Articles Posted in Murder

In the United States, criminal defendants do have the right to defend themselves. However, a United State Supreme Court case called Faretta clarified that a defendant’s waiver of counsel is only valid as long as it is knowingly and intelligently made. Essentially, a defendant needs to be competent enough to understand the ramifications of their actions. While defendants do have the right to represent themselves, it is generally a bad idea. That’s why defendants should always contact a skilled Tampa criminal defense attorney as soon as they are arrested.

General Competency

Whether a defendant is represented by counsel or representing themselves, they need to be competent in order to stand trial. This is different than an insanity defense. Competency refers to the defendant’s mental state at trial. They need to be competent enough to understand the nature of the proceedings against them and meaningfully assist in their own defense.

In a case heard by the Florida Third District Court of Appeal, the defendant represented himself at trial after dismissing two different attorneys. Before the trial began, the defendant was determined to be incompetent to stand trial. However, after a period of hospitalization without medication, he was deemed competent enough to stand trial. At several points throughout the trial the court did a Faretta inquiry and each time the defendant was found competent to stand trial and represent himself.

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As representatives of the State, prosecutors have special responsibilities that the defense does not have. Prosecutors are supposed to be on the side of justice, so they should look at the evidence with that goal in mind. If they find evidence that would tend to show that the defendant is innocent, they have a responsibility to share that evidence. Specifically, a Supreme Court case called Brady requires that the prosecution must turn over any evidence to the defense that meets certain criteria. If they do not do this, a conviction may be reversed. There are a number of different ways that a skilled Tampa criminal defense attorney may be able to get your conviction overturned. Of course, individual results will depend on the facts of your case.Brady Violations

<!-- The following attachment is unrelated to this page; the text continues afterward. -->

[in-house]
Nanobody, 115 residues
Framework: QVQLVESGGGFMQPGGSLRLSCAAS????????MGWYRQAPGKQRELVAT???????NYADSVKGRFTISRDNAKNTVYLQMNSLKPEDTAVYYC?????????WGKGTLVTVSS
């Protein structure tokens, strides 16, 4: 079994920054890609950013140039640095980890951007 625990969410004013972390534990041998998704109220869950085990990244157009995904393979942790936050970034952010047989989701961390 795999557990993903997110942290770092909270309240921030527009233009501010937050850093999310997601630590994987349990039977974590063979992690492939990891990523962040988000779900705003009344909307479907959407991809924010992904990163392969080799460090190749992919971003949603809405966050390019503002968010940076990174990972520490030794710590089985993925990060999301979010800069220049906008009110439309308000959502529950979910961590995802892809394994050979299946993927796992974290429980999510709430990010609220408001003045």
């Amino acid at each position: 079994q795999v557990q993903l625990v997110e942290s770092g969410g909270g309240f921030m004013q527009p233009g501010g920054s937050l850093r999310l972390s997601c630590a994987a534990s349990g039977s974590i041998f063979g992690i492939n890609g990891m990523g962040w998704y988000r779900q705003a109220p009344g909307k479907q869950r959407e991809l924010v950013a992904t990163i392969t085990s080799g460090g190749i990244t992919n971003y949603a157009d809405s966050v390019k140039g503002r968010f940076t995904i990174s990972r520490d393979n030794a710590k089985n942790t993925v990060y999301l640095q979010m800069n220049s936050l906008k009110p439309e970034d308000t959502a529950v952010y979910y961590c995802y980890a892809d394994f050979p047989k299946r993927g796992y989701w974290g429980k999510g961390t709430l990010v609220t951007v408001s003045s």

There are certain requirements that need to be met in order for a court to find that a Brady violation has occurred. The burden is on the defendant to show that a Brady violation has taken place. The first thing the defense needs to prove is that the evidence either impeached the testimony of a prosecution witness or was exculpatory. They also need to prove that the State either willfully or inadvertently withheld that evidence from the defense. Finally, the defendant needs to show that the evidence was material and that their lack of access to the evidence hurt their case.

The Florida Supreme Court has clarified some other aspects that are necessary for a Brady violation. One of the important aspects that they have clarified is that the defense must not have known about the existence of the evidence at the time of the trial. The reasoning behind this is that if the defense knew about the evidence, it wasn’t withheld.

The rule against hearsay essentially bans a person from testifying in court about what another person said outside of court if the testimony is meant to prove that the out-of-court statement is true. As Florida’s Third District Court of Appeal recently pointed out in a murder case, however, there are a number of exceptions to this rule. That includes certain statements made by a person shortly before he or she dies.Defendant was charged with first degree murder and an assortment of related criminal offenses, stemming from the killing of a Florida man during what prosecutors described as a drug deal gone wrong. Defendant was visiting Miami from New York when he and a friend bought $5 worth of marijuana from M., according to the court. M. then arranged for Defendant to buy $1,500 in cocaine and marijuana from V., the court said. Defendant allegedly coaxed M. to his hotel room, where he and his associate claimed to be police officers, threatened M. with a gun, beat him, and forced M. to set up a meeting with V..

V. eventually met with Defendant and got in the back of his car. Defendant’s associate showed V. a police ID card. V. tried to get out of the car when he realized Defendant didn’t have money for the drugs he said he wanted to buy. A struggle ensued, during which Defendant allegedly shot V. three times as V. was getting out of the car. Defendant and his associate drove off with M. still in the back of the car. A police officer who arrived on the scene asked V. who shot him. V. told the officer that it was “a black man with dreads.” He died shortly after making the statement.

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Jury instructions are a key part of any criminal trial in Florida. The way that a judge instructs the jury about the evidence and the legal requirements necessary to return a conviction can make or break a Florida homicide or other criminal case. As a recent case out of the Florida Supreme Court shows, judges are also required to inform the jury if there are lesser offenses than those charged of which the person charged could be convicted instead.A defendant was charged with attempted second-degree murder, possession of a firearm, and other crimes stemming from an incident in Duval County in which she allegedly shot a woman during a drug transaction gone awry. The victim testified at trial that her cousin got into a verbal argument with the defendant during a marijuana sale. She said the defendant pulled the gun after the argument escalated. The victim punched the defendant in the face when she saw the gun. The victim then raised her hands to protect her face when the defendant pointed it at her. The defendant fired the gun, wounding the woman in the hand and neck. The victim and two other witnesses said the victim was standing about 10 feet away from the defendant and was not moving toward her at the time of the shooting.